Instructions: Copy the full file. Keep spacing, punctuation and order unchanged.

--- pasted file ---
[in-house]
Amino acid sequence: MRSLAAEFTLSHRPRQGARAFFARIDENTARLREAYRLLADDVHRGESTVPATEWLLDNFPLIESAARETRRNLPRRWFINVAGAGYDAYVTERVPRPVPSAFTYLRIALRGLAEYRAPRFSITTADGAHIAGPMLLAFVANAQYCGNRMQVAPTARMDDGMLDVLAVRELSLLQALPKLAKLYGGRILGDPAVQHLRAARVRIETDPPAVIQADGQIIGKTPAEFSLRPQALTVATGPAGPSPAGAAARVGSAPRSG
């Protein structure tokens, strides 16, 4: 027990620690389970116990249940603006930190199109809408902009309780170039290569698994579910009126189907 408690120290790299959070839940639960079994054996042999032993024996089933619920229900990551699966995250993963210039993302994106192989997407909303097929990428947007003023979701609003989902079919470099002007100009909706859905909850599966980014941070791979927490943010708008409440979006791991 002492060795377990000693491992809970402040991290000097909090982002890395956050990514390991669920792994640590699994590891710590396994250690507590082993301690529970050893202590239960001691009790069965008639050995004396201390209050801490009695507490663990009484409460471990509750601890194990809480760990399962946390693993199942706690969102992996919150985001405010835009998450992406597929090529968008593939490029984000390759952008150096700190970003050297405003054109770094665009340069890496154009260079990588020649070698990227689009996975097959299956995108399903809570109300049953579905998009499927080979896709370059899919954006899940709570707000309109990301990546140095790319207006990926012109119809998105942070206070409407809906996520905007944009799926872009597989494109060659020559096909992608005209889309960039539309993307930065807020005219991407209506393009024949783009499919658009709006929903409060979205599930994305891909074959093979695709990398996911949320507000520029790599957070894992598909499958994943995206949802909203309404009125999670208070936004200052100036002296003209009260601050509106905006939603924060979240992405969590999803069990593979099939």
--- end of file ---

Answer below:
[in-house]
Amino acid sequence: MRSLAAEFTLSHRPRQGARAFFARIDENTARLREAYRLLADDVHRGESTVPATEWLLDNFPLIESAARETRRNLPRRWFINVAGAGYDAYVTERVPRPVPSAFTYLRIALRGLAEYRAPRFSITTADGAHIAGPMLLAFVANAQYCGNRMQVAPTARMDDGMLDVLAVRELSLLQALPKLAKLYGGRILGDPAVQHLRAARVRIETDPPAVIQADGQIIGKTPAEFSLRPQALTVATGPAGPSPAGAAARVGSAPRSG
């Protein structure tokens, strides 16, 4: 027990620690389970116990249940603006930190199109809408902009309780170039290569698994579910009126189907 408690120290790299959070839940639960079994054996042999032993024996089933619920229900990551699966995250993963210039993302994106192989997407909303097929990428947007003023979701609003989902079919470099002007100009909706859905909850599966980014941070791979927490943010708008409440979006791991 002492060795377990000693491992809970402040991290000097909090982002890395956050990514390991669920792994640590699994590891710590396994250690507590082993301690529970050893202590239960001691009790069965008639050995004396201390209050801490009695507490663990009484409460471990509750601890194990809480760990399962946390693993199942706690969102992996919150985001405010835009998450992406597929090529968008593939490029984000390759952008150096700190970003050297405003054109770094665009340069890496154009260079990588020649070698990227689009996975097959299956995108399903809570109300049953579905998009499927080979896709370059899919954006899940709570707000309109990301990546140095790319207006990926012109119809998105942070206070409407809906996520905007944009799926872009597989494109060659020559096909992608005209889309960039539309993307930065807020005219991407209506393009024949783009499919658009709006929903409060979205599930994305891909074959093979695709990398996911949320507000520029790599957070894992598909499958994943995206949802909203309404009125999670208070936004200052100036002296003209009260601050509106905006939603924060979240992405969590999803069990593979099939």